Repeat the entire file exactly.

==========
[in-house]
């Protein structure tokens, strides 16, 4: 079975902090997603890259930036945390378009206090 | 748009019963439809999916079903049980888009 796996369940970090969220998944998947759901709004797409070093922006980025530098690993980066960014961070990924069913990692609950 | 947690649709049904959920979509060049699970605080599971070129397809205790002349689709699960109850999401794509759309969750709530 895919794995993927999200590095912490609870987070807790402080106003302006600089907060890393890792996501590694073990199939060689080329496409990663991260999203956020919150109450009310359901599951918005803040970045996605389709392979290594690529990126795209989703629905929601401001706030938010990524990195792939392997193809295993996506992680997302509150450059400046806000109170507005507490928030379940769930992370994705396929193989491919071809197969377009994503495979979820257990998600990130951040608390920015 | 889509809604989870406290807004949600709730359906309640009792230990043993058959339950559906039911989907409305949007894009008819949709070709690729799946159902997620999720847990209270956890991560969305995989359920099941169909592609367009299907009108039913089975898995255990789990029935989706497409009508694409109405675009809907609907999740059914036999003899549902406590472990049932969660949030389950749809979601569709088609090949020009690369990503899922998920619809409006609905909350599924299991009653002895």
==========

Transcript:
[in-house]
């Protein structure tokens, strides 16, 4: 079975902090997603890259930036945390378009206090 | 748009019963439809999916079903049980888009 796996369940970090969220998944998947759901709004797409070093922006980025530098690993980066960014961070990924069913990692609950 | 947690649709049904959920979509060049699970605080599971070129397809205790002349689709699960109850999401794509759309969750709530 895919794995993927999200590095912490609870987070807790402080106003302006600089907060890393890792996501590694073990199939060689080329496409990663991260999203956020919150109450009310359901599951918005803040970045996605389709392979290594690529990126795209989703629905929601401001706030938010990524990195792939392997193809295993996506992680997302509150450059400046806000109170507005507490928030379940769930992370994705396929193989491919071809197969377009994503495979979820257990998600990130951040608390920015 | 889509809604989870406290807004949600709730359906309640009792230990043993058959339950559906039911989907409305949007894009008819949709070709690729799946159902997620999720847990209270956890991560969305995989359920099941169909592609367009299907009108039913089975898995255990789990029935989706497409009508694409109405675009809907609907999740059914036999003899549902406590472990049932969660949030389950749809979601569709088609090949020009690369990503899922998920619809409006609905909350599924299991009653002895």